Magic was in the air when Method Man and Redman descended on the Red Rocks Amphitheater crowd in Morrison, Colorado last Thursday (April 19). The revered Hip Hop duo was billed as part of the annual 420 On The Rocks event headlined by 311.
Backstage, dubious amounts of pot smoke filled the air as Red celebrated his 48th birthday, which had fallen two days before. As people sang “Happy Birthday,” Meth — his ever faithful sidekick — was drying off from the electric set they’d just finished. Covered in sweat, the Wu-Tang Clan vet makes it clear they pour their heart and soul into every performance. But Meth didn’t always deliver a polished set.
“I’m gonna keep it 100 — and I never told anybody this — my shows were so chaotic for lack of a better word,” Meth tells HipHopDX. “I was in the crowd for most of my show, doing just ridiculous shit, trying to get a vibe or something to get to itself. Soon as I started performing with this dude [points to Redman], he kind of reeled me in.
“We used get into little … not fights … ’cause we never argued, but he would try and give me little jewels here and there like, ‘Look, son, you ain’t gotta do all that shit. You just be leaving us up onstage like that. You be leaving us stranded.’ And it wouldn’t sit in my head until one day, I said, ‘Fuck it. I’m a stay on stage. I’m a see how this shit work out.’ And I started watching them for one show and started imitating a lot of the shit he was doing. From there, it just locked in. It was just chemistry.”
Redman adds, “I remember we went through that conversation, and the only reason I told you that is because sometimes you felt you didn’t get enough and I had to let you know, you are getting it on the stage, brother, with your presence. You ain’t really gotta reach.”
Meth says he took what he learned from his How High co-star and brought it to his Wu-Tang brethren, subsequently tightening up their sets, too. Over the past two decades, Red and Meth’s live shows have become like a choreographed dance — they don’t miss a beat.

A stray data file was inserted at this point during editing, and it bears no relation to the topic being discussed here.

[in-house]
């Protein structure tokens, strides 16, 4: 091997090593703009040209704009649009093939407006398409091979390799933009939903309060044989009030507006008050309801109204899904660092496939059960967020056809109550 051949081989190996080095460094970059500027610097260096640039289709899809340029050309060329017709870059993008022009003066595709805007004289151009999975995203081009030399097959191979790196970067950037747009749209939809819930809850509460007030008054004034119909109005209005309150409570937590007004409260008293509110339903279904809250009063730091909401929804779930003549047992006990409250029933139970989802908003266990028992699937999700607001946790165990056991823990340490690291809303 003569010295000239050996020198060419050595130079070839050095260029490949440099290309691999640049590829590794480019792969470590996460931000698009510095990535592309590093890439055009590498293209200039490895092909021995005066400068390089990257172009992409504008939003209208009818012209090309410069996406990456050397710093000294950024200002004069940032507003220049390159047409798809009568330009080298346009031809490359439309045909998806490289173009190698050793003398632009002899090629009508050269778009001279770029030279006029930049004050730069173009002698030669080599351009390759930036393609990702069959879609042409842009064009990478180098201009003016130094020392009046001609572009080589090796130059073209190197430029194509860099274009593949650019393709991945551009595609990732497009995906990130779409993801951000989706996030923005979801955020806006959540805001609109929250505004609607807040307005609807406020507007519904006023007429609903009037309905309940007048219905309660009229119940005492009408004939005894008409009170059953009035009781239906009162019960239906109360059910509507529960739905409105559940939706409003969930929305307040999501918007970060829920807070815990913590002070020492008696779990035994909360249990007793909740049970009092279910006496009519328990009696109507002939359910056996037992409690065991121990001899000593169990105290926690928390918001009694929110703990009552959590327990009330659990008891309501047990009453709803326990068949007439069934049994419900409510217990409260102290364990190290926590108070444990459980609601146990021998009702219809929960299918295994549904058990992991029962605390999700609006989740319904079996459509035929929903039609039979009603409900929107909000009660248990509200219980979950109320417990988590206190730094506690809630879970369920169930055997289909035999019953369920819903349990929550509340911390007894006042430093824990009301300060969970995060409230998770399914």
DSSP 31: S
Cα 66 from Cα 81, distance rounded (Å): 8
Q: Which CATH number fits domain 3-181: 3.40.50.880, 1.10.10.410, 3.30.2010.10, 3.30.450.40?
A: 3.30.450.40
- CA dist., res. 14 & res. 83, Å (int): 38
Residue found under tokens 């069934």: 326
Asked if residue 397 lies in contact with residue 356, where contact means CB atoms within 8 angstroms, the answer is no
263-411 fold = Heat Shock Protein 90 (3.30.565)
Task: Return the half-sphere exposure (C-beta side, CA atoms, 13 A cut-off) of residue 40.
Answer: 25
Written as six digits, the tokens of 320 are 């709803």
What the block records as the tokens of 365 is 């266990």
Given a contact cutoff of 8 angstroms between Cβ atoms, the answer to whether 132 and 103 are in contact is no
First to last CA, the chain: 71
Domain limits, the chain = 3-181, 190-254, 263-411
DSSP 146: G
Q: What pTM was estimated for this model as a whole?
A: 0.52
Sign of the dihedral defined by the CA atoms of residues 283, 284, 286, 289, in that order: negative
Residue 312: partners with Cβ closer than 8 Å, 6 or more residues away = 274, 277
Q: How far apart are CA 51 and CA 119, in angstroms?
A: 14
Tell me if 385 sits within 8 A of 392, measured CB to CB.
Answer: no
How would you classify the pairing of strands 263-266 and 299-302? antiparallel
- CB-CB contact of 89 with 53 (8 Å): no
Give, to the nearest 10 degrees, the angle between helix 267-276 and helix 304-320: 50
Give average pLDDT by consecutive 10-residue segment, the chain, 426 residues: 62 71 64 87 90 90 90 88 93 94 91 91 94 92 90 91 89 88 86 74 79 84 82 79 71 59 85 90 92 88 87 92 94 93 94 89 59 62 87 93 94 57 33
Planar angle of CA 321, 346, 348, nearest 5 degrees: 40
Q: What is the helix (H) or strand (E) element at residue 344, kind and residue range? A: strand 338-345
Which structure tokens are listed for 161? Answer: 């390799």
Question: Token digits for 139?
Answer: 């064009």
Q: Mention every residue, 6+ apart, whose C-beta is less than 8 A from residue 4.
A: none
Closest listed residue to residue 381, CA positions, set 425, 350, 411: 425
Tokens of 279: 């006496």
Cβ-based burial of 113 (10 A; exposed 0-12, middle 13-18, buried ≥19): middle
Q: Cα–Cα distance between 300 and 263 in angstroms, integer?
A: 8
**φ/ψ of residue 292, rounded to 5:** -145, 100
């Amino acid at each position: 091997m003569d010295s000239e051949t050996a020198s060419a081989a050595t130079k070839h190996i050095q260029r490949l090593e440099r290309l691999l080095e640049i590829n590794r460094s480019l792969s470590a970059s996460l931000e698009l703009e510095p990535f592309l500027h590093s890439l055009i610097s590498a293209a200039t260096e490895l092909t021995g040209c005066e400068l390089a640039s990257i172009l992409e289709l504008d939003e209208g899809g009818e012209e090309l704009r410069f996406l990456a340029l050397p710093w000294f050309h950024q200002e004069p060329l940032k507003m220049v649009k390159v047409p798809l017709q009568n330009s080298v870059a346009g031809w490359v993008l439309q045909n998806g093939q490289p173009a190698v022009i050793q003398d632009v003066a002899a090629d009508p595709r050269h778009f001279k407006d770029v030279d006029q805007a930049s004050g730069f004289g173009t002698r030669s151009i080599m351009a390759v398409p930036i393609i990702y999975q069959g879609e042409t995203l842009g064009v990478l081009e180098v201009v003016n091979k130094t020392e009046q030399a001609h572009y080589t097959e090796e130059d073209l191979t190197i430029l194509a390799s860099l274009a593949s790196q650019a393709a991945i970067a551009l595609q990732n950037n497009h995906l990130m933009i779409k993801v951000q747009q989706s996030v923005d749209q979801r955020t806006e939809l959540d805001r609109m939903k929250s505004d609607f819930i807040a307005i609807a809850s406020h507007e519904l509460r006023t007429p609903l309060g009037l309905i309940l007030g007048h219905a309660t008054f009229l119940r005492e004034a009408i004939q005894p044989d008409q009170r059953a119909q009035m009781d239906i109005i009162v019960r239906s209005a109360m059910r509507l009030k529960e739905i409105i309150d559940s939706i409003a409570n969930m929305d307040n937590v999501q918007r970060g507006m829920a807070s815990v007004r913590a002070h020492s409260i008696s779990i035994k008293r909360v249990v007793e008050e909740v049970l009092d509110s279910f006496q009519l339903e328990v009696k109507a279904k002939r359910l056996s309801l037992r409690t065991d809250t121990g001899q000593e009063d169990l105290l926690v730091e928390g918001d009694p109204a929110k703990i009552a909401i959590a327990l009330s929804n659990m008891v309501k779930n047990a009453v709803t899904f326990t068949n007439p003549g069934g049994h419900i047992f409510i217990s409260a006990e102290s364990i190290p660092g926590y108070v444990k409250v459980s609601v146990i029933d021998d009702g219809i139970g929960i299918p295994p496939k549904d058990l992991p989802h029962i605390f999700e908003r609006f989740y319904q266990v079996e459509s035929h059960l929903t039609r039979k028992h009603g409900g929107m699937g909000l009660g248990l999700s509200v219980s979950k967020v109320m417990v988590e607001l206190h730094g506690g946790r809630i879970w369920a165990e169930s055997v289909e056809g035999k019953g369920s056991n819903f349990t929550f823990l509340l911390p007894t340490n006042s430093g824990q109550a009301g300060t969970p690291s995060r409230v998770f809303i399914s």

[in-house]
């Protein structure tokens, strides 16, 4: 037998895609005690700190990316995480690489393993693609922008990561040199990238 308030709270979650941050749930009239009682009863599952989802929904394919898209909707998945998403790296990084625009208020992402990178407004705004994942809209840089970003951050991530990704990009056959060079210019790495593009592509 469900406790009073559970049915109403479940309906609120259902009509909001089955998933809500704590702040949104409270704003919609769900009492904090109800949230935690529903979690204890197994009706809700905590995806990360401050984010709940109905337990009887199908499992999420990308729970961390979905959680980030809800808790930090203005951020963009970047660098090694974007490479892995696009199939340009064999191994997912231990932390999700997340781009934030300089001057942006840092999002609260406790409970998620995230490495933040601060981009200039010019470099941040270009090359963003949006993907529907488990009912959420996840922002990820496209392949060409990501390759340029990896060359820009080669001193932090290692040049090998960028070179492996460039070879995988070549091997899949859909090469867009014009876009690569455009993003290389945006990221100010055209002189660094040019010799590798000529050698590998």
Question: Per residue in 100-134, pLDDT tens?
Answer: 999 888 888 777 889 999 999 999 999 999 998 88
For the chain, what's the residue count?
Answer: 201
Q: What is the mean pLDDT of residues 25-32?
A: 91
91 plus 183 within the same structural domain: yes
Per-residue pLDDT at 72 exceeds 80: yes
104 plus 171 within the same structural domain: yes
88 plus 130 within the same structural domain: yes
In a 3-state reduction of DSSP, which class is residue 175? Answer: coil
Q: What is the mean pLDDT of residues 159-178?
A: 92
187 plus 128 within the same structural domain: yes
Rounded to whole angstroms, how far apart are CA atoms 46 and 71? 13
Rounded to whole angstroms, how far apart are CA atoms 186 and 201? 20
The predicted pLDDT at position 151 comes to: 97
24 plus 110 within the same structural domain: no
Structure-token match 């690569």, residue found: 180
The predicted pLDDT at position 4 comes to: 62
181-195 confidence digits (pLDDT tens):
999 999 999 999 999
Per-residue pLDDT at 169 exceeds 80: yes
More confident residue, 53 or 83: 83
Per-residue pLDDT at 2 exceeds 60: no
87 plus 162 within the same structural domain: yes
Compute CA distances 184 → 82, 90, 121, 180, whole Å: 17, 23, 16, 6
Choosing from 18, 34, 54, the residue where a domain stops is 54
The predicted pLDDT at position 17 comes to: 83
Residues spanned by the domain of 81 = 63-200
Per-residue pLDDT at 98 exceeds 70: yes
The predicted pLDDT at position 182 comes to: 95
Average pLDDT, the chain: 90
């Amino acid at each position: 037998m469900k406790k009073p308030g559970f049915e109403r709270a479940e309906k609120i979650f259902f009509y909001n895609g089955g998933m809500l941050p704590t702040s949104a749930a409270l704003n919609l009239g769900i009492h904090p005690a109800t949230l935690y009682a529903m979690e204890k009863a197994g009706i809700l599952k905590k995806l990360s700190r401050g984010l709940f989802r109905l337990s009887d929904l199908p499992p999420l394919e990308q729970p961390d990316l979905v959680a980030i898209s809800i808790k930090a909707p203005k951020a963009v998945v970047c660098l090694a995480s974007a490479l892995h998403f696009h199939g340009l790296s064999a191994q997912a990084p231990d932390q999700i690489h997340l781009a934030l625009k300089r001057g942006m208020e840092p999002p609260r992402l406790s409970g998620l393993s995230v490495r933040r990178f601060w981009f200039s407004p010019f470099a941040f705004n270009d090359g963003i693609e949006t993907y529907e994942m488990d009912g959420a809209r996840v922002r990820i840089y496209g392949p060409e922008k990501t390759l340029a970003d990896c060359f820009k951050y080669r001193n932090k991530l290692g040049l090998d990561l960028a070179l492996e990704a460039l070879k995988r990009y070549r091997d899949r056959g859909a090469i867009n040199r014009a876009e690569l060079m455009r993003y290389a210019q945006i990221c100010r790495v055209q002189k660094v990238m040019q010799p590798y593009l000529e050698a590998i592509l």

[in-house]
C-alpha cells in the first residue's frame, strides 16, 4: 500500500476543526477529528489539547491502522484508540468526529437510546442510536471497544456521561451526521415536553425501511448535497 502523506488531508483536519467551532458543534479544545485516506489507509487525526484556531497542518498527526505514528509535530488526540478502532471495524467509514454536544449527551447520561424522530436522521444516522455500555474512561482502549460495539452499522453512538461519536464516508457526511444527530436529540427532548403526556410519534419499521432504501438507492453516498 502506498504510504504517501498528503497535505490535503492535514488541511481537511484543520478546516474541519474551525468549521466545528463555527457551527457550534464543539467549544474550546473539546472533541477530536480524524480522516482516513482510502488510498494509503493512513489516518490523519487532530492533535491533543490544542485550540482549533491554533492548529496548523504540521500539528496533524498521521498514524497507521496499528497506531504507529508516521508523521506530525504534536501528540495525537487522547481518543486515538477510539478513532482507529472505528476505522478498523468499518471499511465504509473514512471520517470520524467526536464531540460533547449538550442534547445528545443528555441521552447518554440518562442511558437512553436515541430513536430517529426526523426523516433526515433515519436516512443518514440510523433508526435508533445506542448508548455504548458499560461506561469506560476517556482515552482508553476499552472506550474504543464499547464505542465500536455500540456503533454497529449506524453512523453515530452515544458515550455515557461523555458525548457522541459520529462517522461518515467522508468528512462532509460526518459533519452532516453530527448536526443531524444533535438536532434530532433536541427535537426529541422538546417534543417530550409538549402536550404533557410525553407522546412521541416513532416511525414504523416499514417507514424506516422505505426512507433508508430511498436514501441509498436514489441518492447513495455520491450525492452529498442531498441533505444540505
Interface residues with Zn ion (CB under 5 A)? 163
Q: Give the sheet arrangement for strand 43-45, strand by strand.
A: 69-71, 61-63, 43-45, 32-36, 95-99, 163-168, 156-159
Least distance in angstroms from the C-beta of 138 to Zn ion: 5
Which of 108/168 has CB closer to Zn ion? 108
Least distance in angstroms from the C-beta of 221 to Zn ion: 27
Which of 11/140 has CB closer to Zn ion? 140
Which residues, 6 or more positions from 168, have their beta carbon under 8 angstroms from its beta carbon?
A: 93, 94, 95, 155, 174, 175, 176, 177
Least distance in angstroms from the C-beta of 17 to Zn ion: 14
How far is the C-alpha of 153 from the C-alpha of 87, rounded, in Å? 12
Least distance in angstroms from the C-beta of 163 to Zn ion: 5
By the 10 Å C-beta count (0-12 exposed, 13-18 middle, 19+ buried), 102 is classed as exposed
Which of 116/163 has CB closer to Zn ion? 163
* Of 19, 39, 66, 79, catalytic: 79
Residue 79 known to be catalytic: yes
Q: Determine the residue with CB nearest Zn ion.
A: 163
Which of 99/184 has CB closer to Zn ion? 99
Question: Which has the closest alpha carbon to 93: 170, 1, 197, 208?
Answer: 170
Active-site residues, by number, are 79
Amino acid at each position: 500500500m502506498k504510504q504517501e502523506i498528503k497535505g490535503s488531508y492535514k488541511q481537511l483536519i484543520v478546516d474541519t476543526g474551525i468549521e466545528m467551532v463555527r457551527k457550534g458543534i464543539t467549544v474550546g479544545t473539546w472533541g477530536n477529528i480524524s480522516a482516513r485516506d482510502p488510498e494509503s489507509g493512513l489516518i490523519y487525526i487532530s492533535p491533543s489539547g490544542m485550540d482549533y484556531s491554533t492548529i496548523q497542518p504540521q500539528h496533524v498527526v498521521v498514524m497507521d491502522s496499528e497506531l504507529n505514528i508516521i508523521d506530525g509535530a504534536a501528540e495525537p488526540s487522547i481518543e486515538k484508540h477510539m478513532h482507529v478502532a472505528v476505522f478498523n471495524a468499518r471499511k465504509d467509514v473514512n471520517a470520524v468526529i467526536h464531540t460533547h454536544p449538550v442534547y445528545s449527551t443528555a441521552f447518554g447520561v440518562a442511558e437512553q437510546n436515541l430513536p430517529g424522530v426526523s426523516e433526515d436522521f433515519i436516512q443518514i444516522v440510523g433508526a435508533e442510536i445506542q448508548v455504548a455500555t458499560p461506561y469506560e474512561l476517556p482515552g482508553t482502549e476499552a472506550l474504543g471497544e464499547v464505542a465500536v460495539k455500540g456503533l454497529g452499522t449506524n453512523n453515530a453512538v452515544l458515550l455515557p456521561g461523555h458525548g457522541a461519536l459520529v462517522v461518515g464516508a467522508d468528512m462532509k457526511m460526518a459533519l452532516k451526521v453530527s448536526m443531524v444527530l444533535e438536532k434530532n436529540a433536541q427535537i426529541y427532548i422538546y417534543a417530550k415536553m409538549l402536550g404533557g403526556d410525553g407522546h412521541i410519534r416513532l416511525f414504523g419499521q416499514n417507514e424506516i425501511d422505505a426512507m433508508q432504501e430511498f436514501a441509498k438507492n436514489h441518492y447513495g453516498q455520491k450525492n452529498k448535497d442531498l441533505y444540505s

“Just being honest, we built our brand to be like the top five best performers in the Hip Hop game,” Meth says. “And when we got dudes like Busta Rhymes, A Tribe Called Quest and De La Soul and new dudes that’s putting in work, when we got dudes like that watching us and when we set that kind of bar, we have to stay on our job. And we learn from the best.”
When asked who “the best” were, Meth and Red started rattling of their Hip Hop heroes, which included KRS-One, EPMD, Whodini and RUN-DMC.
“Red was like, ‘You see what they do? They don’t just talk for talking. They talk and it leads into the next song,'” Meth explains. “And I was like, ‘Yeah, you know what? You’re fucking right.’ I started doing that at Wu-Tang shows, and not to take anything away from Wu-Tang, but when I’m not there, the structure tends to lean, but not now. Not now. Now, from us all being on the road together and them doing the same thing I did with the Redman, what Redman showed me, I brought to the team.”
The rest is history. With all of their accolades and years of hard work, Meth and Red are undeniably one of Hip Hop’s greatest duos. In addition to his co-hosting duties on Drop The Mic, Meth is currently working on finishing up The Meth Lab 2 while Red is almost ready to drop Muddy Waters Too.
In Part II of this interview, dropping next week on HipHopDX, Red and Meth discuss Martin Shkreli, how Kendrick Lamar is using his platform the “right way” and what makes RZA a genius.